|By Maureen O'Gara||
|July 25, 2010 09:00 AM EDT||
Rackspace Hosting wants to be the one that defines the public and private commodity cloud.
So the other day - in the name of fostering standards, ensuring cloud interoperability and defeating vendor lock-in - it set in play OpenStack, an open source cloud platform to which it immediately contributed the code to its Cloud Files Amazon S2-like storage widgetry and promised to kick in its Amazon EC2-like Cloud Servers code once it's ready.
Cloud Files and Cloud Servers is the stuff that powers Rackspace's public cloud and the reference implementations that come of the OpenStack effort will be free. There will be no dual-licenses like Eucalyptus Systems, the other open source cloud where ex-MySQL chief Marten Mickos is now CEO. RackSpace says it will put all its code out under the Apache 2.0 license.
Obviously it thinks this will work and it won't wind up in the poor house. It believes users aren't going cloud for fear of lock-in by Amazon, Microsoft, Verizon or Google and that it can thrive on its reputation for support.
Anyway, for star power it brought NASA into the game.
NASA, which is hardly what you'd call a commodity player, just got involved a few weeks ago. It's supposed to contribute technology from its large-scale Nebula private infrastructure cloud platform.
Apparently what NASA's got that's interesting to RackSpace is what the space agency calls a fabric controller and what other people might simply call the proprietary glueware to hold an immense data-dripping cloud together. Otherwise, Nebula looks like Eucalyptus, which in turn is compatible with Amazon EC2. NASA is partial to Ubuntu and Python.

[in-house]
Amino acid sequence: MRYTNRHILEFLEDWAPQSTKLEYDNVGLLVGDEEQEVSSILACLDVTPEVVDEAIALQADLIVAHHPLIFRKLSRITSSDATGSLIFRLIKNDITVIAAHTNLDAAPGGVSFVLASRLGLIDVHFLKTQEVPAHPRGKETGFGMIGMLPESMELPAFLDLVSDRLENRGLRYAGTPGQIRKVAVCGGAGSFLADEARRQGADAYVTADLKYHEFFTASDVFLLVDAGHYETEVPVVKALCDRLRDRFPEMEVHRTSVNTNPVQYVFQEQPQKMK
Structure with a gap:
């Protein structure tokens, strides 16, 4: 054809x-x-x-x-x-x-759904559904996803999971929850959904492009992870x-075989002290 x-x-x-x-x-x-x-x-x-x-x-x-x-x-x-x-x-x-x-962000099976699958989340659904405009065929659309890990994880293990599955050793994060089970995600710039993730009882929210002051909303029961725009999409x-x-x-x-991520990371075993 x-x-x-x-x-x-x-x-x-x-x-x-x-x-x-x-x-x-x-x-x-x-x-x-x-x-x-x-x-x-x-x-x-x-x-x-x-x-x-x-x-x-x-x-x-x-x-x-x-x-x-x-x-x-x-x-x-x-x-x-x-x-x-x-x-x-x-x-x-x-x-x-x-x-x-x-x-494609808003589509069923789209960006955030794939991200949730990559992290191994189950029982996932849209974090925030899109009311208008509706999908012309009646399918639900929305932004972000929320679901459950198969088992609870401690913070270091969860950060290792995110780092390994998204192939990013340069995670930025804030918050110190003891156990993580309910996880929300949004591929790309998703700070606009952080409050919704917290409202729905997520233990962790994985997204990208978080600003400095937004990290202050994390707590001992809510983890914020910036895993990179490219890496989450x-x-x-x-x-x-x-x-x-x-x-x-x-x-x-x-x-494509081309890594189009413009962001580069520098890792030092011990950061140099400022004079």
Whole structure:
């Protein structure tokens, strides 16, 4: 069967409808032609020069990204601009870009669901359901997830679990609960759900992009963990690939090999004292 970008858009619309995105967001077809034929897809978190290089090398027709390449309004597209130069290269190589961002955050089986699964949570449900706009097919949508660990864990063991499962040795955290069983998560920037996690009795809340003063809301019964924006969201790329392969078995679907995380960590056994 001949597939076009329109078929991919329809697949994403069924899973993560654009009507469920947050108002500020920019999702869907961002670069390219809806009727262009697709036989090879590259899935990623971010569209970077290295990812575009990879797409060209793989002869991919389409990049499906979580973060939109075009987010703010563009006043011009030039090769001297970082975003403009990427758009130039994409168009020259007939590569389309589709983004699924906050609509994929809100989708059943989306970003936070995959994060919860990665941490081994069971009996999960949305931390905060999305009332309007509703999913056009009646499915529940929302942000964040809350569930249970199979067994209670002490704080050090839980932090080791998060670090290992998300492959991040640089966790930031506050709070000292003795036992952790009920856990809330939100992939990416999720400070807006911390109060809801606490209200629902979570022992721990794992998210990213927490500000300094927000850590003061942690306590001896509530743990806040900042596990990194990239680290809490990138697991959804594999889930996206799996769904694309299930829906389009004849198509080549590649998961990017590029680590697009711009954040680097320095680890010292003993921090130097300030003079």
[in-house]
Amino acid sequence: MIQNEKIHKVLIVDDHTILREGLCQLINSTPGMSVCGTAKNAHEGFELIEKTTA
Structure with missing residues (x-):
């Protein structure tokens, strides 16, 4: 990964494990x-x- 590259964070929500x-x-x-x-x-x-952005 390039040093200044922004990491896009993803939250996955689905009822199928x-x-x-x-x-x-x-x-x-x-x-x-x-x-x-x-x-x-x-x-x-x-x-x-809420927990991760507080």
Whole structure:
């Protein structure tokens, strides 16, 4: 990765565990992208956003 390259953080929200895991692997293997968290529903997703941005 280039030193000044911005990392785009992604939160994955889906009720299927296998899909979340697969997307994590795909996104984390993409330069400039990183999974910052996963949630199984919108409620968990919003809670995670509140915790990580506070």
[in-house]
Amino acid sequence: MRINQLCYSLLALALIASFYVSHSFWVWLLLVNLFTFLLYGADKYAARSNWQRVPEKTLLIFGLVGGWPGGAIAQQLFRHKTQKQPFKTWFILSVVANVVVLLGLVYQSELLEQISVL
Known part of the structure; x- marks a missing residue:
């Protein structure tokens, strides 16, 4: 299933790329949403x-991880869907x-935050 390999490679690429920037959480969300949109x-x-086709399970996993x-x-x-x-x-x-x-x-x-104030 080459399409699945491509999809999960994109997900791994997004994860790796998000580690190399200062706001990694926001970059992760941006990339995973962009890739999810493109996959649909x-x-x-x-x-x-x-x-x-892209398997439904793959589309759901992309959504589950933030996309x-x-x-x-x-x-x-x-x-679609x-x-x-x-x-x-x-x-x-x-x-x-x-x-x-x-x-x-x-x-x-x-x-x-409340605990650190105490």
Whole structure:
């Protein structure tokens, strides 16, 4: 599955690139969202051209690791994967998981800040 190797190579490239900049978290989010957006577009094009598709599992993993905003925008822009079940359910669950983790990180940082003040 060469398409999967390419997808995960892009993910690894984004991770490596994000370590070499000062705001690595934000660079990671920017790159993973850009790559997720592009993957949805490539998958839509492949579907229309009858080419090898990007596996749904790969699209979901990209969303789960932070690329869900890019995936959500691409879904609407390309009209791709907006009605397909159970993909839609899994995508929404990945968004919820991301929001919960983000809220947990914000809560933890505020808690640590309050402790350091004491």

Then Rackspace went out looking for converts.
It reportedly got 150 people representing 40 companies to come to a four-day design summit at its headquarters in Texas to talk about roadmaps, design processes and development processes and at the end 25 of them or so lent their names to the effort, 15 of them even left coders behind validating code.
The signatories included AMD, Citrix, Cloud.com, Cloudkick, Cloudscaling, CloudSwitch, Dell, enStratus, FathomDB, Intel, iomart Group, Limelight, Nicira, NTT Data, Opscode, Peer 1, Puppet Labs, RightScale, Riptano, Scalr, SoftLayer, Sonian, Spiceworks, Zenoss and Zuora.
Citrix, for one, means to ensure there's Xen support for the thing. RackSpace uses Xen; NASA uses KVM. RackSpace claims OpenStack will eventually be hypervisor-agnostic.
AMD is looking to optimize its chips for any serious venture; RackSpace uses some AMD boxes but mostly it's on Intel. And Cloud.com means to support the effort in its own open source cloud stack.
Besides the distributed object store from Cloud Files and some other Cloud Files infrastructure components, OpenStack is supposed to get a hugely scalable compute-provisioning engine called OpenStack Compute out of a combination of Nebula and Cloud Servers. The engine, based on RackSpace APIs, is supposed to be available later this year. First release is set for October.
RackSpace CTO Jonathan Bryce said OpenStack would also include the Rabbit MQ messaging system and the SQL Lite relational database.
Rackspace and NASA are supposed to use OpenStack to power their cloud platforms, and Rackspace has dedicated open source developers and resources to develop and evangelize OpenStack among enterprises and service providers. It has yet to exhaust its European and Asian convert possibilities.
For its part NASA would rather be in the space race than the cloud business and is perfectly willing for others to meet its requirements.
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